Finding Joy

By Reverend Andy Fleming, Chaplain

Tilly O’Sullivan, Year 10 Visual Art, Leaping 2023 (oil paint on canvas). Artist statement: My individual surrealist painting ‘Leaping’ aims to portray a sense of escapism, exploring the idea that we are never truly free from society and ourselves. When life appears inadequate, we often look to media for a sense of escapism (the internet, books, or art). I utilise tone and perspective to this effect – in doing so, the fish appears that it is actually leaping out of the frame. This strives to create an objectively uneasy feeling, customary of surrealist art. This is furthered through the partial use of mise en abyme, or the effect in which a picture reappears within itself. This is reminiscent in the plaque below the frame, which displays the same name of the artwork itself.

Last week, Rev. Katherine and I attended the Canberra-Goulburn Anglican Diocese Clergy Conference. The theme for the conference was Joy and Renewal. Much of the sharing by the presenters during the plenary sessions took me back to my days as a Health and Physical Education (HPE) teacher, when the benefits of quality relationships were discussed. It has been some time since I taught HPE, so it was a timely reminder to re-focus on seeing the joy that arises out of relationships.

One of the beautiful sentiments that resonated with me came from one of the six Hebrew words for joy. Firgun is “a genuinely unselfish delight or pride in the accomplishment of someone else; giving credit where it is due, generously and without jealousy.” In a school community, as either a parent or staff member, we all have the opportunity for firgun. This response to the good fortune of others creates a positive community that is not unlike that of which God intends for human relationships.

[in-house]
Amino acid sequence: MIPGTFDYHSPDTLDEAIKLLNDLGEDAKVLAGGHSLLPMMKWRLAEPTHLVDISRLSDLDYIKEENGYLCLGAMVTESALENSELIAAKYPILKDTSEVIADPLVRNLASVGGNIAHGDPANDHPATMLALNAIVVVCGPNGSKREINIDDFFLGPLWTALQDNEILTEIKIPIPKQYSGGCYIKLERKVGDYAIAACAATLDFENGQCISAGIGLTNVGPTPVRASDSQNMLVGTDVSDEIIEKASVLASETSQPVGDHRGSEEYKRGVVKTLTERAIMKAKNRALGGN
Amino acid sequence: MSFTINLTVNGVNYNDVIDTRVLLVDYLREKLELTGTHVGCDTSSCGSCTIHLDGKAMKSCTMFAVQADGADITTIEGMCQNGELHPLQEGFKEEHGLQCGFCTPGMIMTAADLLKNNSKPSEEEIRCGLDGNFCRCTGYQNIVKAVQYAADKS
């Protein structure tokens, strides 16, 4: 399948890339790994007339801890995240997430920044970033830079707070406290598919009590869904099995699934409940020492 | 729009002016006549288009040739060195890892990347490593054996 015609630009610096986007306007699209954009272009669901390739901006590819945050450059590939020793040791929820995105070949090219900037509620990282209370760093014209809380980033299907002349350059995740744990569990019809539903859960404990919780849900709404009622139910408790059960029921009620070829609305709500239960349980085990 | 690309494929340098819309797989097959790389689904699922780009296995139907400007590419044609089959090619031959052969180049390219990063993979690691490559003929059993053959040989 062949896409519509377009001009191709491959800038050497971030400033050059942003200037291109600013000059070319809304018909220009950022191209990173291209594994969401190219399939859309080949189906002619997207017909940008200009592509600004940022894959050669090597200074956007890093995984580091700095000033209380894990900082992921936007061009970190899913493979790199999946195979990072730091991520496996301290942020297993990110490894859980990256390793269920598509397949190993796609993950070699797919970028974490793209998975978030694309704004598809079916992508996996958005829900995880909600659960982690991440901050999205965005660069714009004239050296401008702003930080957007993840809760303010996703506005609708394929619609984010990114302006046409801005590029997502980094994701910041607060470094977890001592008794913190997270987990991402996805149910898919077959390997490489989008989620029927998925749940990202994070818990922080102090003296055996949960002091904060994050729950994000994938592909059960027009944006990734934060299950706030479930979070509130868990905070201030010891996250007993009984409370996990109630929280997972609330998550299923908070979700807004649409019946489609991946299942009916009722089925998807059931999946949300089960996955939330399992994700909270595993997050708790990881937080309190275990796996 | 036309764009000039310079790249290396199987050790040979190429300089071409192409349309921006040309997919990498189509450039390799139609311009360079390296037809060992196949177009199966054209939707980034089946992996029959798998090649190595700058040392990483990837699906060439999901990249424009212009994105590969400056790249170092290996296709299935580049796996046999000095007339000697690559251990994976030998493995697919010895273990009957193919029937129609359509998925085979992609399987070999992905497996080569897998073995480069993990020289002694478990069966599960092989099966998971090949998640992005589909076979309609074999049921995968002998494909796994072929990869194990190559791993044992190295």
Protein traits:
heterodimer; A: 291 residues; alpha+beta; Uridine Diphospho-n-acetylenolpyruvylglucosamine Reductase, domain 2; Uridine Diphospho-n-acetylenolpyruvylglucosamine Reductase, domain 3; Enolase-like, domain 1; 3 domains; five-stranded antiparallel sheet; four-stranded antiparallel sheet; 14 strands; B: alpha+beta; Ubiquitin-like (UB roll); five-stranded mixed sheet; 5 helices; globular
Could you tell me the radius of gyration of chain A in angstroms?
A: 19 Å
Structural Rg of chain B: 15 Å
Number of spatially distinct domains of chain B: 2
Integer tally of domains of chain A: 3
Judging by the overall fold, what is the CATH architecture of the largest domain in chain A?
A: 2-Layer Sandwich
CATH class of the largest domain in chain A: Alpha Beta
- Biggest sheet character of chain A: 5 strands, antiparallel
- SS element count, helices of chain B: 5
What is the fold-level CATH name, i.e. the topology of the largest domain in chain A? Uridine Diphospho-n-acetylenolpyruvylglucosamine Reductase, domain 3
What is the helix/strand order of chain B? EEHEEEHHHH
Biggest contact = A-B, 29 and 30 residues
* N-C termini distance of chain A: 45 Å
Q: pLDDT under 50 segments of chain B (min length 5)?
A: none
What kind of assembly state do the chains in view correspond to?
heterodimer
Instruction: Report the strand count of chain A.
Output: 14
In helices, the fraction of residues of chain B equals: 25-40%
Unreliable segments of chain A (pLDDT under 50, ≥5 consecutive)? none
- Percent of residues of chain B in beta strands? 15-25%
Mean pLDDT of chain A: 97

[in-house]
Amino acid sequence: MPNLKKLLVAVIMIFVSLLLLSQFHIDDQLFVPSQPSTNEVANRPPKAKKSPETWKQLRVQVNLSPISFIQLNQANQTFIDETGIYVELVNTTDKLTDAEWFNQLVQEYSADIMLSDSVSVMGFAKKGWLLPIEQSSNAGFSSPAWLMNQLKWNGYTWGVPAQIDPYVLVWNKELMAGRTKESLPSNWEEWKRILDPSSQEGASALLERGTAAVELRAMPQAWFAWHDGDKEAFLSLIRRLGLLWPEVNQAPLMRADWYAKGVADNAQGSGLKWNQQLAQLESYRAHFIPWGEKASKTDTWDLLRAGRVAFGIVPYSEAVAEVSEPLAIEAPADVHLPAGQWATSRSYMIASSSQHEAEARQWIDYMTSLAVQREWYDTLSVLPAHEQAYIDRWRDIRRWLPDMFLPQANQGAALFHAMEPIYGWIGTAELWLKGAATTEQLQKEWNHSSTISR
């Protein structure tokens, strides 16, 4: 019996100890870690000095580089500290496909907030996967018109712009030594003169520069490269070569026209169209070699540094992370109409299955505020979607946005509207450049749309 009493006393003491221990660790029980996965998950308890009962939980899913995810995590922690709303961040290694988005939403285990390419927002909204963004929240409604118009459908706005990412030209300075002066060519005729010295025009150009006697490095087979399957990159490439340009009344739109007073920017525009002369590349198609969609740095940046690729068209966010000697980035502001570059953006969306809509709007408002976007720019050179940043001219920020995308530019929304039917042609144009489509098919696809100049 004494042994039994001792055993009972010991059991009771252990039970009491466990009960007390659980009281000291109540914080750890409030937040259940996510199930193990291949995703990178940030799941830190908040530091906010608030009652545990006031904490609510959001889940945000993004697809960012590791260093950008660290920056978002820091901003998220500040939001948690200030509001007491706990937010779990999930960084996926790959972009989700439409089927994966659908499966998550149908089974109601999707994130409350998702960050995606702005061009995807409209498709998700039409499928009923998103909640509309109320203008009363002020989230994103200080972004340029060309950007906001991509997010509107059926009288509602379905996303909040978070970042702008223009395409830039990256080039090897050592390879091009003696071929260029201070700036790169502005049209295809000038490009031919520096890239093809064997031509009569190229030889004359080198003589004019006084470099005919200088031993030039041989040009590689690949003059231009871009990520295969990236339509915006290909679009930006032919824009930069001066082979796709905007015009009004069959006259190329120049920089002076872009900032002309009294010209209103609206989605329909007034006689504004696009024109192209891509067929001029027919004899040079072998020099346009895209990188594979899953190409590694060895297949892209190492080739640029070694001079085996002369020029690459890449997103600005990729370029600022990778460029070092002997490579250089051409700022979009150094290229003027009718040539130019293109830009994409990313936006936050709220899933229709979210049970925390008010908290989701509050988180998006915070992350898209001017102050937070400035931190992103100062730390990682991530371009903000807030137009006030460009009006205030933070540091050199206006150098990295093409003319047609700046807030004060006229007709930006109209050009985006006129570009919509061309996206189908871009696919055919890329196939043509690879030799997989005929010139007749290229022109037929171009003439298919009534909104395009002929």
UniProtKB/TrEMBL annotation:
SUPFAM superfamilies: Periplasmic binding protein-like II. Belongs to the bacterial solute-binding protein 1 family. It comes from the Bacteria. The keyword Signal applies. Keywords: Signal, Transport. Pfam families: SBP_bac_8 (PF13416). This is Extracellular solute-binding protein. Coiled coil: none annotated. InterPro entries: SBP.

One little exercise that helps me to think about finding joy is to think of one thing I could change in my life, either to do more or less of, to make space for joy. It is a fantastic, simple idea. It was no surprise to me to find that it is a matter of re-focusing my energy on my relationships with my family and friends.

True human flourishing is found when we live according to the way God intended. When we live this way, we experience God’s redemptive love that leads to joy. Psalm 126 was written for the Israelites returning from exile in Babylon and can still speak to us in times of our own life’s challenges. Even when things aren’t going well or to plan, we may still be able to find joy in others or creation. Joy can be found in remembering the blessings of our past and a future of hope through God for the moments that we can’t possibly see yet.

May you find joy in the week ahead, Rev. Andy.